I don't believe record companies solely want to collect more royalty fees for artists from broadcasters. (starving or otherwise) It has been clearly demonstrated by budding Internet radio ventures that the royalty cost for them now is in excess of 200 times the per capita price for a public radio station. This is well above what the traffic can bear for a new market. Knowing that few business enterprises can survive with that kind of burden, why would they pursue a course of action akin to squeezing blood from a stone? It doesn't take too much to figure out what the record companies want.

Record companies know full well that the future market is in digital transmission; currently Internet/satellite radio and some form of virtual jukebox that the user pays a flat fee for every month. We also know that record companies would love to increase revenue to the point where broadcasters are paying a lot more than they already do…. but is that really the ultimate goal?

The current system of advertising via selling commercial time and royalties grew out of technological limitations that existed up until roughly a decade ago. When broadcasting first came into being, it was not possible to collect from each listener without passing a lot of unpopular legislation whereby receivers would be taxed at the time of sale and/or some form of barely-enforceable licensing system was in place. When tape recording hit with a vengeance, blank media taxes proved just as unpopular.

Then there were the hokey analog hardware spoiler systems, all of which needed equally unpopular legislative muscle to make a reality. Record companies still actively pursued these avenues, but I'm sure the top dogs knew they were only buying time.

With digital technology and modern cable/satellite TV digital technology, it becomes a lot easier to incorporate billing and control systems inexpensively at a software level for each listener/user. It is also fairly easy to manage the data for billing. This is the first time in history that this can be done. Knowing that the record companies know they can now bill effectively at a user level, don't you think that they might want to eliminate the middle man? Getting a predictable cut of everyone's paycheck is the ultimate goal of every business and government. If you're a record company, why settle for what a broadcaster will give you when you can get a hook in everyone's paycheck directly?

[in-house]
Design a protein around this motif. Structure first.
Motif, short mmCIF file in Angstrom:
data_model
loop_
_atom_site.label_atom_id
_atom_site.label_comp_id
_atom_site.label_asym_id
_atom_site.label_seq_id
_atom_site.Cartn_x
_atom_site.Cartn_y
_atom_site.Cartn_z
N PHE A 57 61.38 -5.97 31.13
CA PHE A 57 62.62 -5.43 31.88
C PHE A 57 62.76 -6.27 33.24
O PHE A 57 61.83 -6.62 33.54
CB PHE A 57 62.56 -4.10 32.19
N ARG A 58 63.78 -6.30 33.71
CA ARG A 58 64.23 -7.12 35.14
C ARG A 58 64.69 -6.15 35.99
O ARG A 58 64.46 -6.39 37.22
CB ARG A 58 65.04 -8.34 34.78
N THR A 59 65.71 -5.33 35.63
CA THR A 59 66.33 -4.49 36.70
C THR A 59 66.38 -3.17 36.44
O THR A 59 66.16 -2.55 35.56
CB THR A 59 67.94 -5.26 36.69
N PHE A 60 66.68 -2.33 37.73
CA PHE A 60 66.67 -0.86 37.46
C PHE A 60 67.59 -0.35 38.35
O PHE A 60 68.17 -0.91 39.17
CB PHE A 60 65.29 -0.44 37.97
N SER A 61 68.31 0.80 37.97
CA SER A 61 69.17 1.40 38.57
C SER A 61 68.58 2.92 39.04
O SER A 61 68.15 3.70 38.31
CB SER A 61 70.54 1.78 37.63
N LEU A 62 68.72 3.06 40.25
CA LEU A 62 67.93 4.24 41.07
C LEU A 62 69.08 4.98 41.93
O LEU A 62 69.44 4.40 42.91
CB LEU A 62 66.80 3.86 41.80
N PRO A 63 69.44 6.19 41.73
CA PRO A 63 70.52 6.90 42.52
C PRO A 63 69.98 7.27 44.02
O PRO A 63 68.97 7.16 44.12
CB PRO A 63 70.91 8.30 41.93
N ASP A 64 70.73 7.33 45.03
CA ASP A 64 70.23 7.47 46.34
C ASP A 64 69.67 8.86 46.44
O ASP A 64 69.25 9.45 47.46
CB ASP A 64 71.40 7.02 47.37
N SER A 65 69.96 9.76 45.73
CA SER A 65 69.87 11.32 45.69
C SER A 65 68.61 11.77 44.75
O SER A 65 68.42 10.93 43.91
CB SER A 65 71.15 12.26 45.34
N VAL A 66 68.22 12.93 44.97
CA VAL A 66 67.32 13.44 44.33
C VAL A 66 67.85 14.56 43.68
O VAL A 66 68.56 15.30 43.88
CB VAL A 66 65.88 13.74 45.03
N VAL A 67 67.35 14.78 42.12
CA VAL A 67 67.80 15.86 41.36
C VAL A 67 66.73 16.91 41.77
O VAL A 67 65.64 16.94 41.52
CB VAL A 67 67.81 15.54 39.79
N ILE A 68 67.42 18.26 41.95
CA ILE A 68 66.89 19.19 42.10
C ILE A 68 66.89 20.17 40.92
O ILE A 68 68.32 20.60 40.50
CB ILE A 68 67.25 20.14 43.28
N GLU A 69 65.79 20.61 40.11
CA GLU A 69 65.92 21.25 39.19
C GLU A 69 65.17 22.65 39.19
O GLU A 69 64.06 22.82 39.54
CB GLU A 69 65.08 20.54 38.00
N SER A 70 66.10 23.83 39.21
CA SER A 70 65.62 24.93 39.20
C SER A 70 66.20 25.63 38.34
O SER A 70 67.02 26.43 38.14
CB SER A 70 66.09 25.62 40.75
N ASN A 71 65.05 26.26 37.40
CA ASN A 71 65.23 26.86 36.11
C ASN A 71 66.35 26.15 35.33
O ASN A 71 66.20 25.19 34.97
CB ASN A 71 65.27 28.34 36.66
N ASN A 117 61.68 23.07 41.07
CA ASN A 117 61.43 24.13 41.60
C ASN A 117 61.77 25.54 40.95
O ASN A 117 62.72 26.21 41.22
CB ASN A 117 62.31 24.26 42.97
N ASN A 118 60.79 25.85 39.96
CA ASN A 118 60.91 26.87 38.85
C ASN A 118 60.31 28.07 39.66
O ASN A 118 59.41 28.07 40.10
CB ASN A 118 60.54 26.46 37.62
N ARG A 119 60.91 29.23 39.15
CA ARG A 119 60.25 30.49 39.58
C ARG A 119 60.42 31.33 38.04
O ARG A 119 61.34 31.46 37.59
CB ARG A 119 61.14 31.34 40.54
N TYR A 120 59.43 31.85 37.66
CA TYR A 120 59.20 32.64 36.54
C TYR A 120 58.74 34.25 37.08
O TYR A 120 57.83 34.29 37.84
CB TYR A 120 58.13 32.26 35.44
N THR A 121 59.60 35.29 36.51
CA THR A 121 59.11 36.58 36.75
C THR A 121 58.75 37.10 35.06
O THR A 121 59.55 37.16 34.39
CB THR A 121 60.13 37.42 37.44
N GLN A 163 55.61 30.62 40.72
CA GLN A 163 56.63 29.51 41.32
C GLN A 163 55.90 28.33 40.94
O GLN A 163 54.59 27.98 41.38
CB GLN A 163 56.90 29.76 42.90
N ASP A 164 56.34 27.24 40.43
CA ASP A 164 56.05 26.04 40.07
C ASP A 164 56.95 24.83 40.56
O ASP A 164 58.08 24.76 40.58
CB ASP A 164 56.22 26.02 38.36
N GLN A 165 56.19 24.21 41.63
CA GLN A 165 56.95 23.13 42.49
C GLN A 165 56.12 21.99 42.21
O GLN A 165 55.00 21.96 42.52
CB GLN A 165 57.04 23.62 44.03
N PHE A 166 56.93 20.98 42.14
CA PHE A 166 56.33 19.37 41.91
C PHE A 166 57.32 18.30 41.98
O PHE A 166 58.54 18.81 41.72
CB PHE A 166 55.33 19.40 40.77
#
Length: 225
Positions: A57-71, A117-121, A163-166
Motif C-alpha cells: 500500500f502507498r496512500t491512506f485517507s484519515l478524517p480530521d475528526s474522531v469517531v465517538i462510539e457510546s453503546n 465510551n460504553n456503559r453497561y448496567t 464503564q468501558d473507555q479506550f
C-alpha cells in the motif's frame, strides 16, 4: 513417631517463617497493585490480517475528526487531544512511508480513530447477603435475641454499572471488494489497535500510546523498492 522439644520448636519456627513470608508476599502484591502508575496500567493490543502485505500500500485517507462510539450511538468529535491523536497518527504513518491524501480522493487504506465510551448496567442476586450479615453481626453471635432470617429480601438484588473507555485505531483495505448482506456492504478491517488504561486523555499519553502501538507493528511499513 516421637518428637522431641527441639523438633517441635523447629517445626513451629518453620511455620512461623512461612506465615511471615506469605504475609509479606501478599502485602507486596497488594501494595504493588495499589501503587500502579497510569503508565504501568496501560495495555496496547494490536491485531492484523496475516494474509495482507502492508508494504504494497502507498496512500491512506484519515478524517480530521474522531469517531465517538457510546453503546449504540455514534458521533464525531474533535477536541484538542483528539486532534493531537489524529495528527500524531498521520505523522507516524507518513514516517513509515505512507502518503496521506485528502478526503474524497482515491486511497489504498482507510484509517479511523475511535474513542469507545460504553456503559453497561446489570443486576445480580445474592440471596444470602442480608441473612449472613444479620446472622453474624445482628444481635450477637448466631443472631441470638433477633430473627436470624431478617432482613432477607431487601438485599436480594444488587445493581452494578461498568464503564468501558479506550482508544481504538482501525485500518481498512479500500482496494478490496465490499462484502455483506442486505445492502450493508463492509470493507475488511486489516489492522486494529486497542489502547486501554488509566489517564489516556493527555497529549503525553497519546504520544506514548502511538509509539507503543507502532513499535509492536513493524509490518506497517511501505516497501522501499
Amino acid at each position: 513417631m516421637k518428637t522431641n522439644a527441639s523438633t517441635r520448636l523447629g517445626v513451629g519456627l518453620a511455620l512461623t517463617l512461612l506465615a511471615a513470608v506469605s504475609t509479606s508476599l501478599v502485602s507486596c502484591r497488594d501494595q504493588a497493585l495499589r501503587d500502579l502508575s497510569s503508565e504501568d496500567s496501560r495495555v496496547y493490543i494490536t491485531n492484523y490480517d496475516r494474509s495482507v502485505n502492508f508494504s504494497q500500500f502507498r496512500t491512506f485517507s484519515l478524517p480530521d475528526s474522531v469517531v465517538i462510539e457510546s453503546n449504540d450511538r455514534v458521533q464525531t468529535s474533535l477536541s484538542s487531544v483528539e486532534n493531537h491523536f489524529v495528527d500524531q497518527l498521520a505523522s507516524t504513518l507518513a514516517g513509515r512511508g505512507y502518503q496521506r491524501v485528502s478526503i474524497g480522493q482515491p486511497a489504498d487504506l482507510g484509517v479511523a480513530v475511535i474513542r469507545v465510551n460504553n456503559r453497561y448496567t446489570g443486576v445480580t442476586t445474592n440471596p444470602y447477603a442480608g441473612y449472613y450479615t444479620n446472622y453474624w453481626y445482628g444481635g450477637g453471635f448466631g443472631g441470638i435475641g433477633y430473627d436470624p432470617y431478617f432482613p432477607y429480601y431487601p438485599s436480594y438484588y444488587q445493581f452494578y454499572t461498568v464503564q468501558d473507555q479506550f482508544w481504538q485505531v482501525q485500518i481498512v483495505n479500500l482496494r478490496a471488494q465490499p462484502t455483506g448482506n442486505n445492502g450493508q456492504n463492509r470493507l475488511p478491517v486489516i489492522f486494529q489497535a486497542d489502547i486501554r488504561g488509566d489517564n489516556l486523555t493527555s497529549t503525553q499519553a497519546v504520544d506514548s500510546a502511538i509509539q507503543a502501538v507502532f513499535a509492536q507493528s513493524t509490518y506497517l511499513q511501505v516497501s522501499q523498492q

I feel that the record companies want Internet/satellite radio providers (and their closely-allied cousins, the MP3 digital music stores) out of business. They know the market is going in that direction, so what do you think they will try to do? Answer: legislate the current providers out of business, and take over via what is essentially a government-enforced monopoly. DMCA (Digital Millennium Copyright Act) was pretty well authored by the record companies. Make no mistake about this: they got what they wanted. With just a small legislation change, almost every broadcaster could be out of business overnight.

The royalty issue is an old one. Many years ago, broadcasters had a problem with ASCAP. They formed BMI, and only broadcast material from member artists. As broadcasting flourished, ASCAP took quite a hit, and they eventually rolled over and cut a deal. Though the ultimate goal of record companies is to put the broadcasters out of business, the solution is darned similar.

There are plenty of excellent artists hidden in this country. They range from teenagers in garage bands to 50-somethings who have a family and play folk music on weekends. They are talented individuals with much to offer. They would love to sign a waiver for broadcasting royalties, just so they could be heard. They haven't a chance of securing a major label contract, and would be thanksful for exposure that would generate sales for them. It would be in their best interests to participate, and both sides can only gain from the relationship.

If the broadcasting industry banded together and created a new organization for the waivers and royalties, they could probably survive and keep the market share they have. If they don't, the record companies will take away their cookies, and remnants of broadcasting will only be found in museums and history books.
Ben Torre
via e-mail